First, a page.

Commercial Magazine

Randy Fuchs, Boxwood Means LLC

Small-cap commercial real estate heads for a soft landing

By Victor Whitman

The small commercial real estate market, or small-cap assets, has experienced steady growth since the post-recession recovery period started. Last year, asset sales and prices of smaller commercial properties hit new records, and fundamentals are strong across the office, industrial, retail and multifamily sectors.

Boxwood Means, an asset-valuation company, tracks the market for properties valued at $5 million or less, and typically tracks assets of less than 50,000 square feet. Boxwood Means principal and co-founder Randy Fuchs discussed small-cap trends with Scotsman Guide.

What is unique about the small-cap space that you track?

We have been in the business for 15 years now, and our research has shown that while the small-cap market tends to track generally with the large-cap or institutional marketplace in terms of sales and prices, and space-market conditions, there are some prominent differences. The small-cap market has a unique relationship with the residential housing market in that small-cap commercial prices tend to track the single-family residential prices more closely than they track the general commercial real estate institutional prices.

How is the market doing?

We are transitioning from a robust, national market expansion to a late-stage tapering of market growth and opportunity. The Q4 (fourth quarter) 2018 data showed that demand for space continued to be positive for the 33rd consecutive quarter across the office, retail and industrial sectors. Underlying that is the news that in the aggregate, across those property types, Q4 occupancy gains declined 40 percent year over year, and was the lowest [absorption] sum for that period since the second year of the recovery in 2011. So, there is some slippage that is going on, a deceleration in growth.

Why has there been a slowing in the demand for space?

It is tough to get underneath it. While we generally agree that the small-cap market is intact and fundamentally sound, at the same time, there are some signals that the market is changing. The tight labor markets, especially for small businesses, are creating problems. Small businesses are simply not able to find workers, and that trend [has been] slowing small-business growth for the last two years.

That shows up a little bit when we look at the total number of direct leases that have been signed over time using raw data from CoStar. There was a 21 percent reduction in the number of office, retail and industrial lease contracts signed in 2018 versus the prior year, and it is suggestive of a waning appetite for new facilities among small businesses.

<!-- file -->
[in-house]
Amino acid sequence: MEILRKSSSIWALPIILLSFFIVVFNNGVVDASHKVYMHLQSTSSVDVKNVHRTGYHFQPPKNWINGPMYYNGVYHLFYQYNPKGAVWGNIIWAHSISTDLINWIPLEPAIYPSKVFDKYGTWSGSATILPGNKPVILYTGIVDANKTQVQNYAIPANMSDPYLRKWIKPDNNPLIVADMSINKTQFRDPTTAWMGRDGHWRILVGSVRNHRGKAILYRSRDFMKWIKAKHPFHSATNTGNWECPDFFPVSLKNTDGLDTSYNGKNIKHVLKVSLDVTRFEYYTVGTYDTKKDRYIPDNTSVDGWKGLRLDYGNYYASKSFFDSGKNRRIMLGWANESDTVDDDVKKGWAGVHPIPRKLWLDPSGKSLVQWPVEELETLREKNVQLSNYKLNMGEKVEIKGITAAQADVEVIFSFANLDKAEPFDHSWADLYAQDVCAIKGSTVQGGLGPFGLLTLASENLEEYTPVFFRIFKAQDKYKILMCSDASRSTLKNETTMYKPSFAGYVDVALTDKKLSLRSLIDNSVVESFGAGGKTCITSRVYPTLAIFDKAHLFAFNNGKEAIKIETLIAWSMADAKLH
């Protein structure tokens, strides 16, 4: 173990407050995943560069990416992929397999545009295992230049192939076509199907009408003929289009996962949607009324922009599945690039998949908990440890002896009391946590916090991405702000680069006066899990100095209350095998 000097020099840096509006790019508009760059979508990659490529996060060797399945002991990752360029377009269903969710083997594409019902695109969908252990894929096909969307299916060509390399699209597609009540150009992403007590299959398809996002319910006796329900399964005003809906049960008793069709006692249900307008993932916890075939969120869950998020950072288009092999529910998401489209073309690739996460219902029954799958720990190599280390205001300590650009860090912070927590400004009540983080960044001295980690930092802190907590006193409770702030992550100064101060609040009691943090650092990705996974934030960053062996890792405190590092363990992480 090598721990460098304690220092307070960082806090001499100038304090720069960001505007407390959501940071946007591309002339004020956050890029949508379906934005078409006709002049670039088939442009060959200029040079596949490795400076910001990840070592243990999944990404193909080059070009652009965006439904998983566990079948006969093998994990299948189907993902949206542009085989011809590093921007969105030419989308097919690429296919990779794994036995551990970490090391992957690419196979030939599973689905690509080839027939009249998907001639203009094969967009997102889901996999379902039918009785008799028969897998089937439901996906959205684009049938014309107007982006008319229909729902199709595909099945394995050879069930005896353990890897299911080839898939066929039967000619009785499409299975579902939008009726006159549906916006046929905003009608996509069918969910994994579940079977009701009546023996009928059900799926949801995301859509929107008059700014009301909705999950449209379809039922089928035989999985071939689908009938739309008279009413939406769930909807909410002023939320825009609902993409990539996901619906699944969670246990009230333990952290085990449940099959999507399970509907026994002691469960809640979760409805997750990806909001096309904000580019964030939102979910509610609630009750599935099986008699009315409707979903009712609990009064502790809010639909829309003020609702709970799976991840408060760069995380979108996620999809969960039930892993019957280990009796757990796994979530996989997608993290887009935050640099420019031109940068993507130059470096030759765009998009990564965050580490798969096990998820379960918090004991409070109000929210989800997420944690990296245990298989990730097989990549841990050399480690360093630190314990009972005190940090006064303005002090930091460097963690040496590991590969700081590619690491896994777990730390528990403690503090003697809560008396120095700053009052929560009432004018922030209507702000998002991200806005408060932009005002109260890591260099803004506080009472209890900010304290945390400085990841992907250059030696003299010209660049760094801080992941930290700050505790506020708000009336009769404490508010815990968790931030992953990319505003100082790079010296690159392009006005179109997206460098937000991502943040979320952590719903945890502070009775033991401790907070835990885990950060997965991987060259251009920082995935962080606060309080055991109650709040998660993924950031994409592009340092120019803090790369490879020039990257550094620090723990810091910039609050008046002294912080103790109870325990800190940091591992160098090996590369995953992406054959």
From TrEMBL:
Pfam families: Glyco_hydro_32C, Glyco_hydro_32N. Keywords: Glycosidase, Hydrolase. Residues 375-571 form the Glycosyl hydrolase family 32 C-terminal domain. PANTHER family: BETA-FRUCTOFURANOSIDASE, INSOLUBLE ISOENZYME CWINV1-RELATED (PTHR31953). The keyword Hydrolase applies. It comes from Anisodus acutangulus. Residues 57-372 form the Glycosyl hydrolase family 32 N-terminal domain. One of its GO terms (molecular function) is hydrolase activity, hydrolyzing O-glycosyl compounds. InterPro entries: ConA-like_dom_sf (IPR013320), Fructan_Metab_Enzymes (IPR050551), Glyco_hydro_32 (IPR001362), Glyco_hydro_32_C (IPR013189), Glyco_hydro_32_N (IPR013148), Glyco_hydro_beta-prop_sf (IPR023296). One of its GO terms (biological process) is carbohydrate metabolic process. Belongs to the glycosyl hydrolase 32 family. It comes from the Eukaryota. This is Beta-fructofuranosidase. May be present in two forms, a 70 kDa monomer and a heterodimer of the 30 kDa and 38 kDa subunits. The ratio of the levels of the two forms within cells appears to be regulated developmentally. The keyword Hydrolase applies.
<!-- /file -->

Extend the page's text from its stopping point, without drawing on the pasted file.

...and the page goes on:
Another factor is low vacancies. There is a severe imbalance in the small-cap market between demand and supply, and that is another factor challenging expansion-minded small businesses. That is, small-cap demand has been decelerating simply because of supply scarcity. Tenants that are expansion-minded are increasingly unable to find space.

What is the outlook for sales?

Through October of last year, we already crested $100 billion in property sales, so that was comfortably ahead of the record 2017 year-total pace of $120 billion. Even though 2018’s sales will probably be a new record, the trend in terms of the year-over-year changes in velocity of total volume is slowing. One of the drivers of property sales has really been the strong amount of debt capital that is being made available by so many different types of players in the small-balance space. So, you have marketplace lenders, specialty-finance lenders, debt funds. You have a broad range of players who are in this space providing debt capital, which has continued to fuel the market.

What is the biggest threat to the market?

There hasn’t been irrational exuberance that was present during the downfall of the last cycle. New construction has been moderate. Underwriting standards for banks have been fairly conservative. Given the lack of exuberance in terms of crazy, loose underwriting standards or hypersupply, it is more likely to be a soft landing than a crash that we saw last time, assuming no major economic disruption that causes a hard stop.

Generally, my position on that is no different than anybody else in expecting a continued slow deceleration in the market’s expansion, a tapering in growth and opportunity, but no big surprises and no big calamities.


You might also like...